As I had stated in the title of this review this is truly a comic-to-screen masterpiece. I am a religious Incredible Hulk comic reader and fan and it takes a lot for me to be impressed by anything adapted from the Marvel universe. And I am happy to say that this film is nearly perfect on all accounts staying quite faithful to the comics and the classic Bill Bixby live action TV show.

The story is pure brilliance and in my opinion was written in such a way that could only work for an Incredible Hulk film to be acceptable and enjoyable to the masses. You may hate me for this but I really don't want to go into great detail about the story because I really don't want to spoil anything pertaining the story because I really want you to be as thrilled and surprised by the story as I was when I first experienced this masterpiece. I promise YOU WILL buy into the story and be absorbed with the characters and will feel a passionate connection with the main love story involving Betty and Bruce. I mean how can you not?LOL.Tee-Hee. Okay joking aside with the whole giggle thing, YOU WILL LOVE THE STORY! PERIOD.

In a nutshell this is just a great comic book film for the masses consisting of everything you would want in a general film not just comic book films. Everything works in the film. The special effects, acting, writing, music, and directing. I really love this film and have not met a person who doesn't. Forgive me for not going into a great detailed review but I really don't want to spoil anything or really say anything because this is a great movie going experience that shouldn't be spoiled in the least bit. If you haven't guessed by now I strongly suggest you should see the film.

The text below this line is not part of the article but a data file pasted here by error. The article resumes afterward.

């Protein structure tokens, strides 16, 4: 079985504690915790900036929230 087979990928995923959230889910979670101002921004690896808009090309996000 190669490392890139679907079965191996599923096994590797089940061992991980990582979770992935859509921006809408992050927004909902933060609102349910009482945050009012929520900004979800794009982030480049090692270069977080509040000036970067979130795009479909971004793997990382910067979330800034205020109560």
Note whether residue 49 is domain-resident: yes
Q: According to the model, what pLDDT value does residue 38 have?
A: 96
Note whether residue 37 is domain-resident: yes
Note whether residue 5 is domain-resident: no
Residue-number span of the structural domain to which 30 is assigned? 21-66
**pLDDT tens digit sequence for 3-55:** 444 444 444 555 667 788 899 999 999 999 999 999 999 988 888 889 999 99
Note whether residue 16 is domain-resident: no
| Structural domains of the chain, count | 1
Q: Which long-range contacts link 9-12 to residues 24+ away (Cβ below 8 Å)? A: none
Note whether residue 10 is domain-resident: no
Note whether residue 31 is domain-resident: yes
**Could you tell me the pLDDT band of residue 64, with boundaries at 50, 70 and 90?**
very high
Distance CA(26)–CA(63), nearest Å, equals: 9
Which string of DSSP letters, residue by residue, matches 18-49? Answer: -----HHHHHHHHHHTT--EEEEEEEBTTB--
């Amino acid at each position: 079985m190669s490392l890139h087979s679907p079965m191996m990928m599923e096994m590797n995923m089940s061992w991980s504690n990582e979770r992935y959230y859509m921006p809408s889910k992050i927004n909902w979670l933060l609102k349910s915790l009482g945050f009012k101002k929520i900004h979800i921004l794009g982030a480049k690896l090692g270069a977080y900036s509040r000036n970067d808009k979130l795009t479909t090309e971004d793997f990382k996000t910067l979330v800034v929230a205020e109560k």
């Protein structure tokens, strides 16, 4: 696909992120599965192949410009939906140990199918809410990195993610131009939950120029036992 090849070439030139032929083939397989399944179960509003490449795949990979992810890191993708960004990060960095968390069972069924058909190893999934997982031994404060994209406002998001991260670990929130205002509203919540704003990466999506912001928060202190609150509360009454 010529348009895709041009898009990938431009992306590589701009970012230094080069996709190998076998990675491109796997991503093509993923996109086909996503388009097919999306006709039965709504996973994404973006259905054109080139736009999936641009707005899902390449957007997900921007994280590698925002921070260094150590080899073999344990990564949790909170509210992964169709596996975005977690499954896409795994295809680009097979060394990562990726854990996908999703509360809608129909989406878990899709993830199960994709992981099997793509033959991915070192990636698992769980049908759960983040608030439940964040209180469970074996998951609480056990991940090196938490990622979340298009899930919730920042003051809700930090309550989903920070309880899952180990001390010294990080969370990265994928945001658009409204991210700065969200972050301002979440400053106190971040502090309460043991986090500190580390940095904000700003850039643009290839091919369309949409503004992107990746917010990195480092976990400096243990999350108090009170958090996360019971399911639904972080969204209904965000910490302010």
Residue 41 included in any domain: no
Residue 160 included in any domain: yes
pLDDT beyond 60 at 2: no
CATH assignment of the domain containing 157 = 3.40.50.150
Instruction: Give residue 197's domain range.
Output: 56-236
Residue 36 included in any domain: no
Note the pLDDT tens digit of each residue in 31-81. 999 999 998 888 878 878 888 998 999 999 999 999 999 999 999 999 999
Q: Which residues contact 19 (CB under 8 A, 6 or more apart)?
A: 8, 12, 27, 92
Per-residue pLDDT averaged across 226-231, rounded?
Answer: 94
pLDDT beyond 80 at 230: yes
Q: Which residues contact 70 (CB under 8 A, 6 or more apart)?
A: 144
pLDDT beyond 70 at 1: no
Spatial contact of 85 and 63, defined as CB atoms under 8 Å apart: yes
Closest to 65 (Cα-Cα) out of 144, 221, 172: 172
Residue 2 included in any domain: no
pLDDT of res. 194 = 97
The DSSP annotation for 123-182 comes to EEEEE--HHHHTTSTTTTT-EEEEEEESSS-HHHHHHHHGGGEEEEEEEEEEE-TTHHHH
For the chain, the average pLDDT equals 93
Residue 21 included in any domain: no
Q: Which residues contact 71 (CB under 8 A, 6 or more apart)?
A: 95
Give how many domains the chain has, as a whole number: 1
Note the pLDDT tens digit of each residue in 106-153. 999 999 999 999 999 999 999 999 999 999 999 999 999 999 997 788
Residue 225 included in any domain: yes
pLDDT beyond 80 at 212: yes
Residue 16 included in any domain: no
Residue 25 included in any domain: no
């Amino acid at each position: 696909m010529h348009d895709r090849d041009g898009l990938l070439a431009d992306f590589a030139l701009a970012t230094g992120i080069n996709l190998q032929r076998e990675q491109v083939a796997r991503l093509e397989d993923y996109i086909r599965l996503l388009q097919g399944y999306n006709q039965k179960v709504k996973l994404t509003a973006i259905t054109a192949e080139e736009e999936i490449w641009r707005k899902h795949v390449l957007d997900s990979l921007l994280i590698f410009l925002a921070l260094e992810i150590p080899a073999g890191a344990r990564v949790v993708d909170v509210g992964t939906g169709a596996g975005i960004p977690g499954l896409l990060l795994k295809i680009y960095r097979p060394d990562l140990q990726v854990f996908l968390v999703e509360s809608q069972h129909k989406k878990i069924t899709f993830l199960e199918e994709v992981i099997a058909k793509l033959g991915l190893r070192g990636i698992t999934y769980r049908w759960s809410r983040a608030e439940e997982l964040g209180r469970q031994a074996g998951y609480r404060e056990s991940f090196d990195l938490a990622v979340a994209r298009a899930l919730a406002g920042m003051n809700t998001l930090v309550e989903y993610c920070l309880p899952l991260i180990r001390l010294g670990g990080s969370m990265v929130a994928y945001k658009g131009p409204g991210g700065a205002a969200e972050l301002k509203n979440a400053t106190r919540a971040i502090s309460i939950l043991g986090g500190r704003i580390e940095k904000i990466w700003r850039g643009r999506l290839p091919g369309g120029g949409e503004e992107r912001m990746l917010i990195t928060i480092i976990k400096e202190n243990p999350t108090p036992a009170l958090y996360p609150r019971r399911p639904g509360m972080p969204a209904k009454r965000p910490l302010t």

5 out of 11 people found the following review useful:
Flat out one of the best movies of this decade., 26 November 2009

Okay let me start of by saying that this film gives a huge bite to a dying genre. You can see my video review of this if you would like if you don't feel like reading this:

ANYWAY. There is a reason why this movie is so good. It's simply because it's not a horror story. Yes, it does have horror elements to it by being very violent at times and of course containing vampires. The story is a very sincere tale of pre-pubescent childhood. The story centers around Oskar a young boy who is lonely and confused. And the only connection he can make with mankind is something that is NOT human. The movie takes a huge look at the lonely feelings we all deal with at certain times in our lives. And the attributes of the story are never told dull at any given moment. The film keeps you wrapped up in it's mystery, fantasy, and it's emotion. This is just a solid film full of great directing, acting(EVEN FROM THE CHILD ACTORS) and writing. I could go on and on about this film but why should I? What can I say? YOU must experience this film. And a last I will leave this review by saying that any teen, adult, (this maybe a bit far fetched) but even kids will feel much more connection with the characters in this Vampire flick than something like Twilight. This is truly a superb film.